"It's time to reconcile; it's time to recognise the injustices of the past. It's time to say "sorry", it's time to move forward together. To the “Stolen Generations”, I say the following: As Prime Minister of Australia, I am sorry, on behalf of the government of Australia, I am sorry, on behalf of the parliament of Australia, I am sorry," Kevin Rudd said in his emotional address.
The "Stolen generations" include several thousands of young aboriginal children, who were forcibly taken from their parents and sent to internment camps or orphanages, where they were taught to assimilate into white society.
In many cases, they never got to see their parents again. This practice, which has devastated the lives of many Australian indigenous people continued into the 1970s.
A turning point
Members of aboriginal reconciliation groups welcomed the latest initiative. Fred Chaney said: "This is a turning point, a point at which we can all move forward together."
"Saying sorry is an act of forgiveness, and forgiveness is an act of love," said another.
The Australian Human Rights Commission officially raised the issue of the “Stolen Generations” in 1997, asking for reparations and an apology on moral grounds.
However, the previous government under Prime Minister John Howard steadfastly refused to give such a formal apology. “Australians of this generation should not be required to accept guilt and blame for past actions and policies over which they had no control," Howard insisted.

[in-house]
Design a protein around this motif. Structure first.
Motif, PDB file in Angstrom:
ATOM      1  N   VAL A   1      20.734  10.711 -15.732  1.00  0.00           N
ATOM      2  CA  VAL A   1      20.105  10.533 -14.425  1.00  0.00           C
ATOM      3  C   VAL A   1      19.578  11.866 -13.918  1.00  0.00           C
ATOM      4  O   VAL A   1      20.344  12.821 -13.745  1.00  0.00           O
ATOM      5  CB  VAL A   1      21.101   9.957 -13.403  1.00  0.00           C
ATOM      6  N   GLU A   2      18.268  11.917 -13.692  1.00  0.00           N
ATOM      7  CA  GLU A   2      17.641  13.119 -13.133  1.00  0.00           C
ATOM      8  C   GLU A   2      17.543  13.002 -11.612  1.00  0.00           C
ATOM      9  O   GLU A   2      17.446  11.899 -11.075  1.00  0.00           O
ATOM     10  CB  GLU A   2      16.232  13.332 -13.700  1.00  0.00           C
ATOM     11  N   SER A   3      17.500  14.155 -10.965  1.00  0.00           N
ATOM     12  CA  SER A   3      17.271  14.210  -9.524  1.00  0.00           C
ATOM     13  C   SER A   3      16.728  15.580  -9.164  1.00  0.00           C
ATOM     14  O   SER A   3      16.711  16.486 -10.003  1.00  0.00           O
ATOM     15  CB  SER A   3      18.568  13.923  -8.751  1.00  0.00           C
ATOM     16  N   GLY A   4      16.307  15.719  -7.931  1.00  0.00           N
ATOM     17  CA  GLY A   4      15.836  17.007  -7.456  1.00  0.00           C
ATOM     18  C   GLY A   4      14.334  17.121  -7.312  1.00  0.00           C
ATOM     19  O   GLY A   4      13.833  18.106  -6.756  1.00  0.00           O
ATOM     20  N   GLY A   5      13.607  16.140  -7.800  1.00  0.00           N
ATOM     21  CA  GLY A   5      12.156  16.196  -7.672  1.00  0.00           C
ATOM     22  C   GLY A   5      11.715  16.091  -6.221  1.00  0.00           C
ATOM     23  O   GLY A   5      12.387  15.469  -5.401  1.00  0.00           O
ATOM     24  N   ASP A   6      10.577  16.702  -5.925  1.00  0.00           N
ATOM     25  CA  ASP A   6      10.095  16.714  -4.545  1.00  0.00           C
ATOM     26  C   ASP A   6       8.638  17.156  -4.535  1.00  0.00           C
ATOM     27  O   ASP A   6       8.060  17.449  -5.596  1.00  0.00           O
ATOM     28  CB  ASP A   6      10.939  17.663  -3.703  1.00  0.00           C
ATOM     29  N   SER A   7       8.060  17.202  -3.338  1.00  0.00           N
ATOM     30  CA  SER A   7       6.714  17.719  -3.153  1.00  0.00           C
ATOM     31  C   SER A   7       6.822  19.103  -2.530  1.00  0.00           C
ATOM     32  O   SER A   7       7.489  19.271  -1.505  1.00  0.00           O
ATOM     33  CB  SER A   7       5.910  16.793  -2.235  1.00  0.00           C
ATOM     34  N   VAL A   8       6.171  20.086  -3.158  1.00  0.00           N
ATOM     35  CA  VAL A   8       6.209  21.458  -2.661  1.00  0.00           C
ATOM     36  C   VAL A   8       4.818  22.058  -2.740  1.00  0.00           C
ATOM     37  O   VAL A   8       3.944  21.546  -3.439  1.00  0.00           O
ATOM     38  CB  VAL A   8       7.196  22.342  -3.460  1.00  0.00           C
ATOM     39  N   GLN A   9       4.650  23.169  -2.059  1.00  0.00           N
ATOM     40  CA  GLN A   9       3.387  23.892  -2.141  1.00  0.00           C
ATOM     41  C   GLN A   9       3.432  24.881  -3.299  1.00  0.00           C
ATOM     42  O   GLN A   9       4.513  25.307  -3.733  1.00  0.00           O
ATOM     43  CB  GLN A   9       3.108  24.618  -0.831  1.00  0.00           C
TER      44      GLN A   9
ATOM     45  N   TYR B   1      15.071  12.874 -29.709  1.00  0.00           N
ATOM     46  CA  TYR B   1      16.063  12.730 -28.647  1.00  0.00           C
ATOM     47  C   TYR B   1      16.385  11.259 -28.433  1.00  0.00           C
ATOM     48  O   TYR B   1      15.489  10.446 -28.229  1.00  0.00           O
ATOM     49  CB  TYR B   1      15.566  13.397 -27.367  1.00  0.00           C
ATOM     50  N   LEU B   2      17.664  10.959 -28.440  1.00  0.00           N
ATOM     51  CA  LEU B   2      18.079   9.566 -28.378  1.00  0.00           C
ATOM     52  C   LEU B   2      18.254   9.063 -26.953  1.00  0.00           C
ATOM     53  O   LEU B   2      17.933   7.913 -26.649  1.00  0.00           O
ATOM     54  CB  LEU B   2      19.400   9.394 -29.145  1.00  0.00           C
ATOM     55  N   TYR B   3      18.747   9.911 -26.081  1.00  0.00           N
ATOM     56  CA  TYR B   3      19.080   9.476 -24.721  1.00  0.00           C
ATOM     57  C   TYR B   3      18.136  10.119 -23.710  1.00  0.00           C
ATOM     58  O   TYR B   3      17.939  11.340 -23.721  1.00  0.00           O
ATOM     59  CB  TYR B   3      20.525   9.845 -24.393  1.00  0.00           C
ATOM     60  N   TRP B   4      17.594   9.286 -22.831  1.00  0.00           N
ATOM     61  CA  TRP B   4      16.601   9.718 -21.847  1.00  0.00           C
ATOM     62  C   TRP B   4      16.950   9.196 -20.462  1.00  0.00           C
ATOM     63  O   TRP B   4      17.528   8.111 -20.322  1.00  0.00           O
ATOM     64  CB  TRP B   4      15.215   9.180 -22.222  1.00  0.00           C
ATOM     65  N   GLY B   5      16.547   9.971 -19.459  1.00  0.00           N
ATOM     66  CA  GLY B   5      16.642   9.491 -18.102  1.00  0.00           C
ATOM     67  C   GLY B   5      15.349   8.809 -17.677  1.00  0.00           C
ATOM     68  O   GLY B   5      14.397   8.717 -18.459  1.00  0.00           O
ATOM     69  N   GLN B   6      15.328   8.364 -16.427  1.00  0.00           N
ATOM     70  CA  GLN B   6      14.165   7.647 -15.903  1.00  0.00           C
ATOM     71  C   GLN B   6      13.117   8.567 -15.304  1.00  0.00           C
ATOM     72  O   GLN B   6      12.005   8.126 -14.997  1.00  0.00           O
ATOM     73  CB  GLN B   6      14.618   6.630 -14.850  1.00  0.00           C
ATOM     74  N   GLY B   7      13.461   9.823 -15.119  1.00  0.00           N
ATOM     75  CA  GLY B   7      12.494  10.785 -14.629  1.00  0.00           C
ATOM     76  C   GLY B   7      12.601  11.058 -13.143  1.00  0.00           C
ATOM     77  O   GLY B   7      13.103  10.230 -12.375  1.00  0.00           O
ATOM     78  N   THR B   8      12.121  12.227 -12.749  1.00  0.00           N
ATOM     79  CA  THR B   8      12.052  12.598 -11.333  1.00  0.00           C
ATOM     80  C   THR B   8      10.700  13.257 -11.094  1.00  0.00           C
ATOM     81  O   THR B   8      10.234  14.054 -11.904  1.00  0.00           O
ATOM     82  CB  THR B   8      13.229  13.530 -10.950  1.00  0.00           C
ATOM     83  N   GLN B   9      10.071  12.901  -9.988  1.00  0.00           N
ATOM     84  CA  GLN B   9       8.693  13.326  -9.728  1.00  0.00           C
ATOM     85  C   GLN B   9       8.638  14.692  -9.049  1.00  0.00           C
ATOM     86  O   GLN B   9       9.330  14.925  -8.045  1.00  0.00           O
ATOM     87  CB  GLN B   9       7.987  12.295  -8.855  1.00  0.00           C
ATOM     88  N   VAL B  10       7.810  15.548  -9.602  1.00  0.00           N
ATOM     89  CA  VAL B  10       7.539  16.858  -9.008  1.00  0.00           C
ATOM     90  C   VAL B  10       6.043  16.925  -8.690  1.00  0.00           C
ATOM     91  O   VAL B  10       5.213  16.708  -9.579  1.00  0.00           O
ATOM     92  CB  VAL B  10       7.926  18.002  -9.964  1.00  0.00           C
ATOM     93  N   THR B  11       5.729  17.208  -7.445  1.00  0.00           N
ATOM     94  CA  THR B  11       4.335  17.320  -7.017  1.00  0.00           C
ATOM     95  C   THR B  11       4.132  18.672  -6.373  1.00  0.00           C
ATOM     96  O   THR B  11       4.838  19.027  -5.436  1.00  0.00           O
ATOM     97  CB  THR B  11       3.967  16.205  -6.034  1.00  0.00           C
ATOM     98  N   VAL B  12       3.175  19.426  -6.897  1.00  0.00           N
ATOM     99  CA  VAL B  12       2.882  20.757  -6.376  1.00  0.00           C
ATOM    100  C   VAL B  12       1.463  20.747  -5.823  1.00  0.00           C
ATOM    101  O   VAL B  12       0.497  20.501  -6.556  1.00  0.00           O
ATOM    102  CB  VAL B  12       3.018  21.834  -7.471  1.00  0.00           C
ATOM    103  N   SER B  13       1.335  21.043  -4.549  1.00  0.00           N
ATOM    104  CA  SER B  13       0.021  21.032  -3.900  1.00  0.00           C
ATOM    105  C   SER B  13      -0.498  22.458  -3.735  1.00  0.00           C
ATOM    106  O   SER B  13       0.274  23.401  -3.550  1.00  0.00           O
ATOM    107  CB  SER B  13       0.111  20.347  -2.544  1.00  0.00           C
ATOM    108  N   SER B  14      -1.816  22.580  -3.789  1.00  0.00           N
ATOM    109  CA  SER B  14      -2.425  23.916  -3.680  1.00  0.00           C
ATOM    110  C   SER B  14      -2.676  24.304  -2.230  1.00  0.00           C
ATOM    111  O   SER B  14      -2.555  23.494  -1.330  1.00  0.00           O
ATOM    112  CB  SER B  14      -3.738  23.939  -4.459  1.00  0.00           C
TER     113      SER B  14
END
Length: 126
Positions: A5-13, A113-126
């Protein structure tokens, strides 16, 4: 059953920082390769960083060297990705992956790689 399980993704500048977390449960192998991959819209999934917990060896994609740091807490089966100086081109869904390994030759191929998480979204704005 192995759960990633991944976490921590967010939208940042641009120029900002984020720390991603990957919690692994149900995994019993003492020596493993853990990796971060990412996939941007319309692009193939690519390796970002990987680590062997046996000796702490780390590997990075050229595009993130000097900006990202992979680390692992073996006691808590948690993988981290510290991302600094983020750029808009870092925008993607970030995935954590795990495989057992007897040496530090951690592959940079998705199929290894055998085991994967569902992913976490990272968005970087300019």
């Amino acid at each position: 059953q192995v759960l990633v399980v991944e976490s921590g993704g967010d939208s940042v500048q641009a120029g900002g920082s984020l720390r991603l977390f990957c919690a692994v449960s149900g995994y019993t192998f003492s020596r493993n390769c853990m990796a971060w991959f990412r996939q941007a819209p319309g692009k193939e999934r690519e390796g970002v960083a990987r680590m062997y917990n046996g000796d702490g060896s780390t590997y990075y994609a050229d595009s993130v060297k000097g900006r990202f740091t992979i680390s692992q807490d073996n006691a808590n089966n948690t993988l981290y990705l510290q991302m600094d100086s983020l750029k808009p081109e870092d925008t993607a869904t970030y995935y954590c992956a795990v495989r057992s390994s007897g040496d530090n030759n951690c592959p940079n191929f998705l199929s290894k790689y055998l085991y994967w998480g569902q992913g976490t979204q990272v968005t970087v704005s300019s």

The issue of the “Stolen Generations” was given much airing in the media. It was feared that an apology would open the floodgates to compensation claims against the Commonwealth government.
So far, the new Rudd Labour government has ruled out financial compensation to the stolen generations despite calls from indigenous groups and politicians.
"There has to be reparations, there has to be compensation, and the fact that Mr Rudd has said "no" to it, doesn't mean that that will be the outcome,” said the Australian Greens Senator Bob Brown.
Australia's parliament was opened for the first time ever on Wednesday with a traditional indigenous "Welcome to Country" ceremony.
Many Australians see the formal government apology as a positive step in the direction of harmonious race relations in this country and several of Australia's indigenous people came to the capital city, Canberra, to witness the historic occasion.
The prime minister ended his speech in the House of Representatives to great applause with a call for new beginnings: "Let us resolve to make this day, the day when we began a new chapter in the nation's story, written together by each and every one of us, Australians, one and all, I thank you."